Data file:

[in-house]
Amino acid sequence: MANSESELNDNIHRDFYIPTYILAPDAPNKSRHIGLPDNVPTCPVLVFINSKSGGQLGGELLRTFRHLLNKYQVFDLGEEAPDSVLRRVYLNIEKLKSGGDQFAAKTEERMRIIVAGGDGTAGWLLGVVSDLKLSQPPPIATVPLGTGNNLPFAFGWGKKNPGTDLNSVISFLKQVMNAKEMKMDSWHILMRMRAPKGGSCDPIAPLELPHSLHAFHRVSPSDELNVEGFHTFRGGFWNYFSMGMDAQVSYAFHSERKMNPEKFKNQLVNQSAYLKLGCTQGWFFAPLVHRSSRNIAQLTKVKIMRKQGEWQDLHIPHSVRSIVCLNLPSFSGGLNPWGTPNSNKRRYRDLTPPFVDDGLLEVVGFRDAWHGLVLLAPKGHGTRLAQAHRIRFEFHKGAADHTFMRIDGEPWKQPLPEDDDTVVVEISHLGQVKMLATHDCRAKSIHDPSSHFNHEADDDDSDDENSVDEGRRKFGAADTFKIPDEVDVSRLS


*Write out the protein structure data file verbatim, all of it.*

[in-house]
Amino acid sequence: MANSESELNDNIHRDFYIPTYILAPDAPNKSRHIGLPDNVPTCPVLVFINSKSGGQLGGELLRTFRHLLNKYQVFDLGEEAPDSVLRRVYLNIEKLKSGGDQFAAKTEERMRIIVAGGDGTAGWLLGVVSDLKLSQPPPIATVPLGTGNNLPFAFGWGKKNPGTDLNSVISFLKQVMNAKEMKMDSWHILMRMRAPKGGSCDPIAPLELPHSLHAFHRVSPSDELNVEGFHTFRGGFWNYFSMGMDAQVSYAFHSERKMNPEKFKNQLVNQSAYLKLGCTQGWFFAPLVHRSSRNIAQLTKVKIMRKQGEWQDLHIPHSVRSIVCLNLPSFSGGLNPWGTPNSNKRRYRDLTPPFVDDGLLEVVGFRDAWHGLVLLAPKGHGTRLAQAHRIRFEFHKGAADHTFMRIDGEPWKQPLPEDDDTVVVEISHLGQVKMLATHDCRAKSIHDPSSHFNHEADDDDSDDENSVDEGRRKFGAADTFKIPDEVDVSRLS